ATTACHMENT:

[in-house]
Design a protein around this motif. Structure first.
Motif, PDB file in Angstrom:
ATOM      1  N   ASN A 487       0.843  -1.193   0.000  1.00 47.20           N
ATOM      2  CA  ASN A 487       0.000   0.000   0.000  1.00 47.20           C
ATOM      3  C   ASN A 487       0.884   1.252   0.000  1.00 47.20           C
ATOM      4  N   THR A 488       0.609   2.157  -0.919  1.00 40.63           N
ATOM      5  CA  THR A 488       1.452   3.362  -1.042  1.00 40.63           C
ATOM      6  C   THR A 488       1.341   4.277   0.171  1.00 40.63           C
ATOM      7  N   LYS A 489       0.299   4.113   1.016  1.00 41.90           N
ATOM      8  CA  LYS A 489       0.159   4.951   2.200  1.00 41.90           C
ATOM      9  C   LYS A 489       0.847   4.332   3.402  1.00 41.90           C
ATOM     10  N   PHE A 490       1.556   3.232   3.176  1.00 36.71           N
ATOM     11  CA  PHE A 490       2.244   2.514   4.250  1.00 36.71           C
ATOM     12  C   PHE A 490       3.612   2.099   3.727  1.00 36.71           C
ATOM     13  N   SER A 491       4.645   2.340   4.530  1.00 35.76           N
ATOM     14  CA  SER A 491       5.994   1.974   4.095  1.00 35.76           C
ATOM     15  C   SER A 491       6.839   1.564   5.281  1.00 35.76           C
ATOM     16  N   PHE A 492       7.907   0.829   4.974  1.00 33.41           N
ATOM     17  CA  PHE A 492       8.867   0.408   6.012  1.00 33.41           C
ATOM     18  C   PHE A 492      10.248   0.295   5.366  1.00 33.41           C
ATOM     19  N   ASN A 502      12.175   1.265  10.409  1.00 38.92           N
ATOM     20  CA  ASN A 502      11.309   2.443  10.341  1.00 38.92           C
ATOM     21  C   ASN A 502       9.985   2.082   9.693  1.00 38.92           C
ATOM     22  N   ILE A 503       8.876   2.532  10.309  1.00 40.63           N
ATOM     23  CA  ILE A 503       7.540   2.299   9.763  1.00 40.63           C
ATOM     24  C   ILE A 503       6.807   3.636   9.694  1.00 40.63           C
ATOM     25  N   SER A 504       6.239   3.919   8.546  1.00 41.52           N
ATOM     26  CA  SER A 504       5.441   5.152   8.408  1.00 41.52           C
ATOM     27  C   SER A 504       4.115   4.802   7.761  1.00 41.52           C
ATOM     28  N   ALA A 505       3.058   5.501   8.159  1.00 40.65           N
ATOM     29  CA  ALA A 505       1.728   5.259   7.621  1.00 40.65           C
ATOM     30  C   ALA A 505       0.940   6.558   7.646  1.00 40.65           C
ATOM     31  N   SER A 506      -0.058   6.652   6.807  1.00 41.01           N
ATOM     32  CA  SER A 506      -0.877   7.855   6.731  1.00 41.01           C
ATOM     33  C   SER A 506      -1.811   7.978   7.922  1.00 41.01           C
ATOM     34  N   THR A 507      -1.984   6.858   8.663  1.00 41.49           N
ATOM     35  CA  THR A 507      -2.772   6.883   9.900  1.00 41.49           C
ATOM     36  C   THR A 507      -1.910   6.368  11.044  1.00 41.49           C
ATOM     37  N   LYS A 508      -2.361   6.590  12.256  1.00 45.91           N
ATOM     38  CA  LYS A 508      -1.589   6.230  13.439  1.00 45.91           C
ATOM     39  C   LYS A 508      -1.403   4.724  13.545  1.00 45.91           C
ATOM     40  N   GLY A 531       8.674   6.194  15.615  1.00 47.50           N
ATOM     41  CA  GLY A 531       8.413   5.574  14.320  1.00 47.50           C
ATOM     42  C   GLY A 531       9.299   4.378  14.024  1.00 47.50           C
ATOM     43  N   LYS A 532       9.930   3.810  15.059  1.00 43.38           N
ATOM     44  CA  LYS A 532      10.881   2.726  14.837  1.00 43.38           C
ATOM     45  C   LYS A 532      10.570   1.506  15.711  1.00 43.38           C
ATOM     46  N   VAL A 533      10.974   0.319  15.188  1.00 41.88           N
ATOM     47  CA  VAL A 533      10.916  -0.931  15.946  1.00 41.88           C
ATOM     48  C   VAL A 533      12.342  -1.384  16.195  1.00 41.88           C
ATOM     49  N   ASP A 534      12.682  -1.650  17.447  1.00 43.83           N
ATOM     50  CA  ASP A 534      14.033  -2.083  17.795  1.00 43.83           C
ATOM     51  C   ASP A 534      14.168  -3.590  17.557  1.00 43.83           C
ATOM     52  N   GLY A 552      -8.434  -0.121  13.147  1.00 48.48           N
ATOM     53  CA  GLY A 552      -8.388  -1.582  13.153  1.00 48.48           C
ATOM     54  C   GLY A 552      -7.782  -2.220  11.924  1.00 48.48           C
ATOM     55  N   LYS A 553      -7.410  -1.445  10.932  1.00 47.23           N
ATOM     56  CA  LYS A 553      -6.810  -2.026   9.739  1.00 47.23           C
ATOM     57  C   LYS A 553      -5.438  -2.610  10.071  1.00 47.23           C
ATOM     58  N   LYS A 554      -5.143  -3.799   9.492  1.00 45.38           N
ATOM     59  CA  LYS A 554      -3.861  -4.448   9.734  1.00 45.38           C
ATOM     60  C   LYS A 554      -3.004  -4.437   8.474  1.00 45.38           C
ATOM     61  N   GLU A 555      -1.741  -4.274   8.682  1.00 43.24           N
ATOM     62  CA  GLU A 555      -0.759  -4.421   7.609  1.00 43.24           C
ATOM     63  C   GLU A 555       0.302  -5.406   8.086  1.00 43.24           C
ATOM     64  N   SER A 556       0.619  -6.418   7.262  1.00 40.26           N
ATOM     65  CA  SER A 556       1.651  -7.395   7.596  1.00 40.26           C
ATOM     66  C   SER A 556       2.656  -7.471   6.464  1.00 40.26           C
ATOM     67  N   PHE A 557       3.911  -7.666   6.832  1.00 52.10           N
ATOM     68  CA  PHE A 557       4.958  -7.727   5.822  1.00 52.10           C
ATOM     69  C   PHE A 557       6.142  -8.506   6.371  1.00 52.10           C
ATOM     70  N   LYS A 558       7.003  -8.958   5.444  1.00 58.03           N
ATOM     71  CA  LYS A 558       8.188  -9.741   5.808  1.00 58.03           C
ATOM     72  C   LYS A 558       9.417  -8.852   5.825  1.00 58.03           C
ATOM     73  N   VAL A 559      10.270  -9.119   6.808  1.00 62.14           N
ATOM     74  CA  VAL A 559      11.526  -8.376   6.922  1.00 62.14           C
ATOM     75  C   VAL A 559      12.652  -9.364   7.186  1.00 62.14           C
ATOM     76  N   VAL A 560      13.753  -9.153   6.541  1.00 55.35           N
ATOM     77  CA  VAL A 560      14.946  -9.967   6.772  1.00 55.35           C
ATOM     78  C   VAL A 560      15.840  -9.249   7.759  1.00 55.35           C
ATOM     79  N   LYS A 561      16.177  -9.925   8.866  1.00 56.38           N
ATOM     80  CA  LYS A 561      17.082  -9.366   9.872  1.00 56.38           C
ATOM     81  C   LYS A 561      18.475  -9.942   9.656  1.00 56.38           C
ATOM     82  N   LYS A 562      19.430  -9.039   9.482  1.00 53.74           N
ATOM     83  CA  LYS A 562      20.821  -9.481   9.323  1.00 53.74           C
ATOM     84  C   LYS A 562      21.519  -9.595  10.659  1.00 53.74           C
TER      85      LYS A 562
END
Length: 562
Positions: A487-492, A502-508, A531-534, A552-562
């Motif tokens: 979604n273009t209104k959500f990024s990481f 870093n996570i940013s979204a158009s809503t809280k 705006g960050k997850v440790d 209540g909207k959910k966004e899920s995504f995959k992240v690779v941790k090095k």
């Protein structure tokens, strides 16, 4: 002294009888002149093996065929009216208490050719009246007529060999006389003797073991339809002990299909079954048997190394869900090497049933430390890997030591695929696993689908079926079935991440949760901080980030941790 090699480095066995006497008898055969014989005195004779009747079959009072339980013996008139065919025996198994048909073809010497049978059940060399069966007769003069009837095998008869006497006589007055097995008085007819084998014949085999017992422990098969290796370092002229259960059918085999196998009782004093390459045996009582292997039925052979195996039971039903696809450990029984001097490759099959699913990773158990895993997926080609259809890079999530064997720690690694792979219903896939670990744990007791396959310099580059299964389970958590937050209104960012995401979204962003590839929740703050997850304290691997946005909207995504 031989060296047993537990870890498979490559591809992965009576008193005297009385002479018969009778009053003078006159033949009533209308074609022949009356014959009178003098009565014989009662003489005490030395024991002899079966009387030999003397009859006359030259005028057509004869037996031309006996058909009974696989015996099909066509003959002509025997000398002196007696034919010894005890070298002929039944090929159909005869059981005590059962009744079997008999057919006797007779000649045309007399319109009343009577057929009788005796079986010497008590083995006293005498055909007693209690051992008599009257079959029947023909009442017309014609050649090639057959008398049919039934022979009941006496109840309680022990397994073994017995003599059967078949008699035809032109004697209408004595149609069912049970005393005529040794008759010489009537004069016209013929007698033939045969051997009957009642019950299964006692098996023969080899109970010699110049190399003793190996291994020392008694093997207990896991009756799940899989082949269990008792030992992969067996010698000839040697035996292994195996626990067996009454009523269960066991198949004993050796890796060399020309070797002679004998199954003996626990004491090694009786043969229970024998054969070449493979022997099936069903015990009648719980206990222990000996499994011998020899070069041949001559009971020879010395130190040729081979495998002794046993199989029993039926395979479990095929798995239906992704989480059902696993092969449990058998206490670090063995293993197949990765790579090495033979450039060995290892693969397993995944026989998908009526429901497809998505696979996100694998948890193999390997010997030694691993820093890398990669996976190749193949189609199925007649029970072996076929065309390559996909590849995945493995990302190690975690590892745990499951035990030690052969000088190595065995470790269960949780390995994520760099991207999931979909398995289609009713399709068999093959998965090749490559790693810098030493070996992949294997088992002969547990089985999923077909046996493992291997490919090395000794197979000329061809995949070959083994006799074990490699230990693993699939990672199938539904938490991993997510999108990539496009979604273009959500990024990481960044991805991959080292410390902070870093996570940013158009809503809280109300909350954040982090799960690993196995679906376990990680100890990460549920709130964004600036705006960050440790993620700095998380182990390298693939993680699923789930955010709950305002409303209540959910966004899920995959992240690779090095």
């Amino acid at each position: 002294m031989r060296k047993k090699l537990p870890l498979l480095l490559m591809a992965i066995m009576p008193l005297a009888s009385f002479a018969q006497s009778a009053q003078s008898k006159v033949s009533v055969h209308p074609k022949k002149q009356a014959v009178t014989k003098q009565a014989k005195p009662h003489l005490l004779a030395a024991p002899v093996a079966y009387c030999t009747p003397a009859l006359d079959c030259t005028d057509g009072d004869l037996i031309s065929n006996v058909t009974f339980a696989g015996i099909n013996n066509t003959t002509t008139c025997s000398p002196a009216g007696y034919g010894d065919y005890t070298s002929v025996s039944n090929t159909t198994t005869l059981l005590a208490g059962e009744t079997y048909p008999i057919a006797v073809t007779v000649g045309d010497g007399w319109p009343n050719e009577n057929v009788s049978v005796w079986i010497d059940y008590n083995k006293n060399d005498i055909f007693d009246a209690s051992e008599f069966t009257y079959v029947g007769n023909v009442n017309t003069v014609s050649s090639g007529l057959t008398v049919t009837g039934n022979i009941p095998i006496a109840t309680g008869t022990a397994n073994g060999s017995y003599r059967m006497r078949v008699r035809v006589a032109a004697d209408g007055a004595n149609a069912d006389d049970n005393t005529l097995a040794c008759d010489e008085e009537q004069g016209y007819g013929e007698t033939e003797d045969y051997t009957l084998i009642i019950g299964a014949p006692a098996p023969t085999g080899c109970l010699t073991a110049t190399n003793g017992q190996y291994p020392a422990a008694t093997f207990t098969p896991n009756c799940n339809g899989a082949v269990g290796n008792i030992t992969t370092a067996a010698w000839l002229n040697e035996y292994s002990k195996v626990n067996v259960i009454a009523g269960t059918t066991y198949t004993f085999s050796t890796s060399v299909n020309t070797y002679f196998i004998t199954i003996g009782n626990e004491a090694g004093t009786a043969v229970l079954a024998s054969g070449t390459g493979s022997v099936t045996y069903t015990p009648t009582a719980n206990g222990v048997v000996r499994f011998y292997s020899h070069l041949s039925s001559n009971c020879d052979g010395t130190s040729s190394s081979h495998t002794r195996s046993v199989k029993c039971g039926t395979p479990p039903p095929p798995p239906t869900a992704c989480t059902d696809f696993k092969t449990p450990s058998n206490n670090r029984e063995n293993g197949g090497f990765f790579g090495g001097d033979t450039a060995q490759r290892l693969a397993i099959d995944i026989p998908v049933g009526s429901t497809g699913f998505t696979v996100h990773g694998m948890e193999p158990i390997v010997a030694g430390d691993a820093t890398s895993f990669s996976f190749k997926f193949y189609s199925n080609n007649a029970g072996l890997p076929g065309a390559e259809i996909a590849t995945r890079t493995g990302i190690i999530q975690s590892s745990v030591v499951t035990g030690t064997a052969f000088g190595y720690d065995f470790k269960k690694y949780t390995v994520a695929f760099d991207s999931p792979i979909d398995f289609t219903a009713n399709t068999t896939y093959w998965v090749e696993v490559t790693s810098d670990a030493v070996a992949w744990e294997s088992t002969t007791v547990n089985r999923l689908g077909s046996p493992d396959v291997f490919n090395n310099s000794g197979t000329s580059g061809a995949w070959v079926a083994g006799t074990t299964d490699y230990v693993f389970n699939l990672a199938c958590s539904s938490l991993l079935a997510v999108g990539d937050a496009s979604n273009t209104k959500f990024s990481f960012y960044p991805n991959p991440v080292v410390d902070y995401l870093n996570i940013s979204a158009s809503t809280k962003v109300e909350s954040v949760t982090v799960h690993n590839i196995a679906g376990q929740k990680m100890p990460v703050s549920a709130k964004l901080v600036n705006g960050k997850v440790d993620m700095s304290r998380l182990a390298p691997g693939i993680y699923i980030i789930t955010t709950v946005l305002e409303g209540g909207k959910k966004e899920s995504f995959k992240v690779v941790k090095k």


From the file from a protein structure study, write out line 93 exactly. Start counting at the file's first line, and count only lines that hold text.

């Protein structure tokens, strides 16, 4: 002294009888002149093996065929009216208490050719009246007529060999006389003797073991339809002990299909079954048997190394869900090497049933430390890997030591695929696993689908079926079935991440949760901080980030941790 090699480095066995006497008898055969014989005195004779009747079959009072339980013996008139065919025996198994048909073809010497049978059940060399069966007769003069009837095998008869006497006589007055097995008085007819084998014949085999017992422990098969290796370092002229259960059918085999196998009782004093390459045996009582292997039925052979195996039971039903696809450990029984001097490759099959699913990773158990895993997926080609259809890079999530064997720690690694792979219903896939670990744990007791396959310099580059299964389970958590937050209104960012995401979204962003590839929740703050997850304290691997946005909207995504 031989060296047993537990870890498979490559591809992965009576008193005297009385002479018969009778009053003078006159033949009533209308074609022949009356014959009178003098009565014989009662003489005490030395024991002899079966009387030999003397009859006359030259005028057509004869037996031309006996058909009974696989015996099909066509003959002509025997000398002196007696034919010894005890070298002929039944090929159909005869059981005590059962009744079997008999057919006797007779000649045309007399319109009343009577057929009788005796079986010497008590083995006293005498055909007693209690051992008599009257079959029947023909009442017309014609050649090639057959008398049919039934022979009941006496109840309680022990397994073994017995003599059967078949008699035809032109004697209408004595149609069912049970005393005529040794008759010489009537004069016209013929007698033939045969051997009957009642019950299964006692098996023969080899109970010699110049190399003793190996291994020392008694093997207990896991009756799940899989082949269990008792030992992969067996010698000839040697035996292994195996626990067996009454009523269960066991198949004993050796890796060399020309070797002679004998199954003996626990004491090694009786043969229970024998054969070449493979022997099936069903015990009648719980206990222990000996499994011998020899070069041949001559009971020879010395130190040729081979495998002794046993199989029993039926395979479990095929798995239906992704989480059902696993092969449990058998206490670090063995293993197949990765790579090495033979450039060995290892693969397993995944026989998908009526429901497809998505696979996100694998948890193999390997010997030694691993820093890398990669996976190749193949189609199925007649029970072996076929065309390559996909590849995945493995990302190690975690590892745990499951035990030690052969000088190595065995470790269960949780390995994520760099991207999931979909398995289609009713399709068999093959998965090749490559790693810098030493070996992949294997088992002969547990089985999923077909046996493992291997490919090395000794197979000329061809995949070959083994006799074990490699230990693993699939990672199938539904938490991993997510999108990539496009979604273009959500990024990481960044991805991959080292410390902070870093996570940013158009809503809280109300909350954040982090799960690993196995679906376990990680100890990460549920709130964004600036705006960050440790993620700095998380182990390298693939993680699923789930955010709950305002409303209540959910966004899920995959992240690779090095």